We must approach the beginning of each day as the potential for growth, accomplishment and meeting new challenges. If we wake to rain, then let us seek an opportunity to evade its drops rather than worry about how wet it will make us. We must end each day with a pause to our efforts rather than flight, as if to vow to the day’s challenges “we shall meet again tomorrow!“.
Leadership is about more than just bearing the weight of your team. If we perform all of the work, horde all of the challenges, we are robbing them of their growth and exposures. While we may be the first to ride towards a challenge, it is critical that we find ways to inspire all of them to follow and experience the challenge together. When a member stumbles, it is our responsibility to help them back up.
Leadership is also about loss. There will be times when we have to make sacrifices to bring our efforts across the line to completion. We are the first ones to make those sacrifices. We are the ones who stay after hours, come in on weekends, put vacations on hold in order to make sure that i’s are dotted, t’s are crossed and the required end result is provided. There will be times when we have to answer for loss or failure. Our responsibility to our team comes at a loss to our personal lives at times. In many cases, we are likewise a part of a team, and we must answer for the failures and loss within our team. We have to ensure that we hold ourselves accountable.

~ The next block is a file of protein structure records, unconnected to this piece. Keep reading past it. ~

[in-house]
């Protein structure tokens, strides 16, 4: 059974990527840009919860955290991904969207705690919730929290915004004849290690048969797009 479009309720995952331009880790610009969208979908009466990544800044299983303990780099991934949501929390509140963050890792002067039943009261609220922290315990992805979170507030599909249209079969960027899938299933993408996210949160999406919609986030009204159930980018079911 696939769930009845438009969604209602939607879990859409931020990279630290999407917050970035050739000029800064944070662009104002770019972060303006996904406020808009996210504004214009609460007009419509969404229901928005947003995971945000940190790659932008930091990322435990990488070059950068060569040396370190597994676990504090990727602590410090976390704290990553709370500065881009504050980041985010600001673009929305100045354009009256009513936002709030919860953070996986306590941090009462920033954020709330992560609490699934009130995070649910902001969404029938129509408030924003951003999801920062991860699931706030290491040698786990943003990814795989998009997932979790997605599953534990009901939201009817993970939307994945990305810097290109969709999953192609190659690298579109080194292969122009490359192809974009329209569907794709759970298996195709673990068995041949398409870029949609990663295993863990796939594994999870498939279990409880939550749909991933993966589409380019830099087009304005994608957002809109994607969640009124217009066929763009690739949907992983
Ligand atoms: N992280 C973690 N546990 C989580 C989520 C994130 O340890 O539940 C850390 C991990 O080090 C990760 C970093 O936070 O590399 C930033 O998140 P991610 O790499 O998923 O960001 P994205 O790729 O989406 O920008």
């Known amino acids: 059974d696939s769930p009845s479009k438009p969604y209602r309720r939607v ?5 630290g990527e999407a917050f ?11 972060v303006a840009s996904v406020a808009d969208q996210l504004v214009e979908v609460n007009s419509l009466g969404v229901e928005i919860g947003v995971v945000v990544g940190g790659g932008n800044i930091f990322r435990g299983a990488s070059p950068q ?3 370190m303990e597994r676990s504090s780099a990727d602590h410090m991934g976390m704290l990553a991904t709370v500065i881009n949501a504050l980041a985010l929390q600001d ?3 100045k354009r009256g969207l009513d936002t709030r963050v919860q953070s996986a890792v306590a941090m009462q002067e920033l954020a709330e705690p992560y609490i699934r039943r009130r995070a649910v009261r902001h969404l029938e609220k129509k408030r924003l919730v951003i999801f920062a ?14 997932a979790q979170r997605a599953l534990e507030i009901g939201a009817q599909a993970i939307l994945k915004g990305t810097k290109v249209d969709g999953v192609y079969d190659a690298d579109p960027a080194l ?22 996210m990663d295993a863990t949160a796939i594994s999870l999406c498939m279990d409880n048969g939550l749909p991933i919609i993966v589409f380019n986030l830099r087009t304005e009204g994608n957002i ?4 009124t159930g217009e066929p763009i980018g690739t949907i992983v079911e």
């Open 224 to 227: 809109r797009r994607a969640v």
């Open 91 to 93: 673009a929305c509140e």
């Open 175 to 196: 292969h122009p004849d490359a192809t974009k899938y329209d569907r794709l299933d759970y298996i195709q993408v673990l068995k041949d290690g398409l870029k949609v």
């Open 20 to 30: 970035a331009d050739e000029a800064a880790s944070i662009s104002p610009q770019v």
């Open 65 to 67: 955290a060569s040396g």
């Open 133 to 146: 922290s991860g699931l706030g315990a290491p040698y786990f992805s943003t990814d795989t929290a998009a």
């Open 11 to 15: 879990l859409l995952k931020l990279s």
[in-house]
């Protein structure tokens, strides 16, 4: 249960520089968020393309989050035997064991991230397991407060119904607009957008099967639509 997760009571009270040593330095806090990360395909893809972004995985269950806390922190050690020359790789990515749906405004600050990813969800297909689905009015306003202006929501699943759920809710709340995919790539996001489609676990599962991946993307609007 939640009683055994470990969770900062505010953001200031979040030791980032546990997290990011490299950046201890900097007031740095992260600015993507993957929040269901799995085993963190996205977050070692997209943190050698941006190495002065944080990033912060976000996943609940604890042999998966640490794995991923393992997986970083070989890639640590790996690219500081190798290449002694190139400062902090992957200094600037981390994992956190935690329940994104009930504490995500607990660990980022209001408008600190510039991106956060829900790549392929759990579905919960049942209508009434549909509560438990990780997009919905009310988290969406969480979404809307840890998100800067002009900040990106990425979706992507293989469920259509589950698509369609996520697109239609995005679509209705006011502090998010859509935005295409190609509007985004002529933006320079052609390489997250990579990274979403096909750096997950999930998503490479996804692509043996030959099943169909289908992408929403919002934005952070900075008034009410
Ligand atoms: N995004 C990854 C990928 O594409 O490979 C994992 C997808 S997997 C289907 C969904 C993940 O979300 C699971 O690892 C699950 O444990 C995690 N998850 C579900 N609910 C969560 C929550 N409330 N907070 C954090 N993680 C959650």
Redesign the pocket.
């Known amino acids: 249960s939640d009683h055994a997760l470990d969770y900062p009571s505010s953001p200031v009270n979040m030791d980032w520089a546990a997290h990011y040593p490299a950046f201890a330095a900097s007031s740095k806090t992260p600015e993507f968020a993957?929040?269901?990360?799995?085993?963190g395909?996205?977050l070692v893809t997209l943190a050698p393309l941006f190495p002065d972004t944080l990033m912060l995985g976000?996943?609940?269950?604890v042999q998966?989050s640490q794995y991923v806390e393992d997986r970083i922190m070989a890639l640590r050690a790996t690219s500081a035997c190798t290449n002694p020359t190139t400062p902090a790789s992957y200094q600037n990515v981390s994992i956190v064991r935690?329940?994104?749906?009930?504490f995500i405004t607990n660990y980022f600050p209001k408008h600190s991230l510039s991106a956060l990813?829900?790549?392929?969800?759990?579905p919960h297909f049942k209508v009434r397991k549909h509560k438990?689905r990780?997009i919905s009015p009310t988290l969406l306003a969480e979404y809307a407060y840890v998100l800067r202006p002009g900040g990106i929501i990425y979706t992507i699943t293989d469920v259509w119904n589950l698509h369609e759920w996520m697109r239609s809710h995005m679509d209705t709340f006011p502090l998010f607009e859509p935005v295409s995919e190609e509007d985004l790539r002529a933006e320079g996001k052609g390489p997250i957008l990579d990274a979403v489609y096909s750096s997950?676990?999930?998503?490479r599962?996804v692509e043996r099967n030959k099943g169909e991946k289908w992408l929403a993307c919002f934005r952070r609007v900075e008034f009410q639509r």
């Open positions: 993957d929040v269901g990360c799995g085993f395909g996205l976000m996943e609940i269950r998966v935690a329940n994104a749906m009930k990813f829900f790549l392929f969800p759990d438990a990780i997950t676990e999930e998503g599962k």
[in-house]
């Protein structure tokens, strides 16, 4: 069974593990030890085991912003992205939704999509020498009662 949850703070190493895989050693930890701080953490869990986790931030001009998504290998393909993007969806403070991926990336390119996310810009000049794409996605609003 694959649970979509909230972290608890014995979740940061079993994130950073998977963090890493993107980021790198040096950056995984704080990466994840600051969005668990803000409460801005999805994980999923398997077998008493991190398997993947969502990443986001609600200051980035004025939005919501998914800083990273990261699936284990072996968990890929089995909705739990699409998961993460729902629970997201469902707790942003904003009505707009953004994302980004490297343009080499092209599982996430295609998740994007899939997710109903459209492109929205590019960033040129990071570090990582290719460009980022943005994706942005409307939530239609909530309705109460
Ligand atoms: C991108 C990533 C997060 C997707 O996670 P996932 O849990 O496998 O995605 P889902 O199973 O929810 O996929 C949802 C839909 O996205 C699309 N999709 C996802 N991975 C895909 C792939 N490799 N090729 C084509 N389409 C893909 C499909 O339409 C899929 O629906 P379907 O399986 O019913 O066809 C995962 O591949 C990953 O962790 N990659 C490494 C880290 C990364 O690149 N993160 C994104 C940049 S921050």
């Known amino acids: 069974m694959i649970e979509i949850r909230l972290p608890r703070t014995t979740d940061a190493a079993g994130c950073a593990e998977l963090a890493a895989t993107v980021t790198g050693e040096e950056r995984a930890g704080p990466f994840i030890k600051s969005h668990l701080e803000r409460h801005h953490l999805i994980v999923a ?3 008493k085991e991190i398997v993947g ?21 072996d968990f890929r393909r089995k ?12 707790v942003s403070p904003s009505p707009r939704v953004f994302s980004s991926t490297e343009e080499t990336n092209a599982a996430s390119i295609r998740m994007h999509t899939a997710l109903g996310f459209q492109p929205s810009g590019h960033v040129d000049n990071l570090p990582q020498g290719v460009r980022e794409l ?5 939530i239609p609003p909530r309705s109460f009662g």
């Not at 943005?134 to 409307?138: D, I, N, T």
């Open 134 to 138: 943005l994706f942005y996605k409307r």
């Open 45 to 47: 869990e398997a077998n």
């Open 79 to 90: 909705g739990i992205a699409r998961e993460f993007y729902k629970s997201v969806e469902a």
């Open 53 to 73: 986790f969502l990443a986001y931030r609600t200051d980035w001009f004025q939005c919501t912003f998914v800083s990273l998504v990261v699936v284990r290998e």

The hardest of moments are those when we recognize that a member of our team, for whatever reason, is incapable of contributing in a consistent way to allow our team to meet our requirements. We have to let these team members go with compassion and dignity. No matter what the terms of the separation are, we have to find a way to approach the circumstance with a silver lining. People change. They are fully capable of improving skill sets, becoming more mature, and most of all, evolving into contributing members of a team. We are only defined by our mistakes if we allow it.
Leadership is also about recognizing talent. It is about being able to distinguish between the potential of candidates. Not only do we have to recognize when a particular candidate has the relevant skills to fuel the engine of productivity we strive to be, but we have to determine if they also possess useful soft skills and personality characteristics to drive growth and improvement. How well will they communicate? Are they so similar to the rest of the team members that they will be redundant? Are they so different from the rest of the team members that it will result in considerable conflict? Are either of these scenarios of value? Does the team need the stability that would come with the first case? Or does it need to be shaken up by the latter?
The reality of leadership is that it often doesn’t come with the glory that is portrayed in books and movies. Good leaders find solace and accomplishment in the productivity and fellowship of their teams, leaving the glory to fuel its members.
I debated this once with a colleague. He analogized leadership as a chess match, where leaders deserved the fanfare for deftly leveraging the skills and capabilities of each chess piece. I agree with the responsibilities of the leader to manage and leverage the characteristics of a team, but my response remains the same today:
Without the pieces, we have no game.